When Stephen Perloff looked out of his airplane window, he saw a blanket of clouds extending into the horizon. As the plane dipped below the clouds, he said, he felt awestruck and immediately started taking pictures.
“You never know what you’re going to see when you dip below the clouds,” Perloff said. “Intuitively, I saw the delicate calligraphy of the tractor ruts.”
For the next 15 minutes of the plane’s descent, Perloff took pictures out of his remarkably clear window seat to capture the minimalist beauty of rural America.
The May Gallery is featuring these photos, among others, from Perloff’s Western U.S. travels, in a show titled, “North Dakota— and other places.” The series will be on view through Nov. 27. The other photos featured from the gallery are places Perloff had already visited, but also places he said he felt he needed to go again.
Perloff has done many photo series in his career. He said his passion for photography eventually led him to create his own journal.
As an emerging photography reviewer, Perloff said he was looking to publish his reviews in a local newspaper. The papers in the mid-‘70s, according to him, were already full. Working for a print shop at the time, he decided to do something on his own.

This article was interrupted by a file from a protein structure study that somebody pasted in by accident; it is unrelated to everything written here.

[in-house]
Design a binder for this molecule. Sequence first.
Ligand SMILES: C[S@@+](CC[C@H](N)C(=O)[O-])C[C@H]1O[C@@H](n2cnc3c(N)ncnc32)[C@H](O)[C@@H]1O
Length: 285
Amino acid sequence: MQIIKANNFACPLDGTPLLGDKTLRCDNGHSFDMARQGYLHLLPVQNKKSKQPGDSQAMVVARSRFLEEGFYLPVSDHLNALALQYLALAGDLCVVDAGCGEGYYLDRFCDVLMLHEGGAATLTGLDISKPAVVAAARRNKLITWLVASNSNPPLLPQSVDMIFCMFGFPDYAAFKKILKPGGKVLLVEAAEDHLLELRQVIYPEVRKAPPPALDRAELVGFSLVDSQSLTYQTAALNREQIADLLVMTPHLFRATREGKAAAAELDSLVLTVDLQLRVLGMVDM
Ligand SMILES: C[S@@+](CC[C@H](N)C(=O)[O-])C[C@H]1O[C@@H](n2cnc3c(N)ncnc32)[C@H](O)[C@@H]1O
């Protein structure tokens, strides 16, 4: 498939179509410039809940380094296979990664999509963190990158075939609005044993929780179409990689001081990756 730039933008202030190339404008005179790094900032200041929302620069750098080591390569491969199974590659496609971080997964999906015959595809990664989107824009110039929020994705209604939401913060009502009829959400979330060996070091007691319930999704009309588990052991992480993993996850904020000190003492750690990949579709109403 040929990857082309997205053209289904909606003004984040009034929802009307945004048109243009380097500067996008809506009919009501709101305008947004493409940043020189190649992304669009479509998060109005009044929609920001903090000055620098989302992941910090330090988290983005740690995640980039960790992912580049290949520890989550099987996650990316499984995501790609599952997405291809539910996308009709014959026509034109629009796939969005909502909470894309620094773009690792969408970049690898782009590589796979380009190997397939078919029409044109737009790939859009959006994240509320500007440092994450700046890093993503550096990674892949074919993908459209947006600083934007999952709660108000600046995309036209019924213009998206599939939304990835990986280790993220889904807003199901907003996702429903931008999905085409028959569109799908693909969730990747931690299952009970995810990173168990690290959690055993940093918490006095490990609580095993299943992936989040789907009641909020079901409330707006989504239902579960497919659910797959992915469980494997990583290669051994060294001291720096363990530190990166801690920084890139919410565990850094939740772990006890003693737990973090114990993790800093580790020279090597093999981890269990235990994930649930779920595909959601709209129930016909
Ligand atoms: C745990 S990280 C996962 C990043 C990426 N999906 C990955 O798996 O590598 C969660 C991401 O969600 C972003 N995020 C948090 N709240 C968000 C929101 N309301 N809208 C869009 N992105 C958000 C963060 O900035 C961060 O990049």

In 1976, Perloff co-founded The Photo Review, a biannual magazine that reviews photo shows and photography from all across the continent. According to him, it is one of the premiere photo review journals in the Northeastern U.S.
One of his first photo projects is called, “Philadelphia: Past and Present.” The series, Perloff said, is a re-photographed project. He went to the locations of photos taken by William Jennings in the 1920s to recapture and compare them to the locations in 1980. The project took a little over a year.
Some projects he said, are longer than others. For 13 years, he documented the plight of the city of Centralia, Pennsylvania, infamous for its underground coal mine fire.
“I would go three or four days a week, and we would take everyone’s picture” Perloff said. “A combination of growing up in the region, being able to spell the local names without going to ask, and showing up regularly really gave me some access to the community.”
From 1983 to 1996, Perloff took hundreds of photos documenting the town’s crisis.
Most of his photography, Perloff said, took a year or more to create noting the busier he got, the harder it was to take up long-term projects.
That’s what makes the North Dakota series special, he said. Instead of meticulous planning and artwork, the snapshots of the snow-covered landscape were spontaneous and lucky.
“They are different from any other collection I’ve done,” Perloff said. “Sometimes you just have to go do what the photo gods tell you to do. I am very happy I was able to do that.”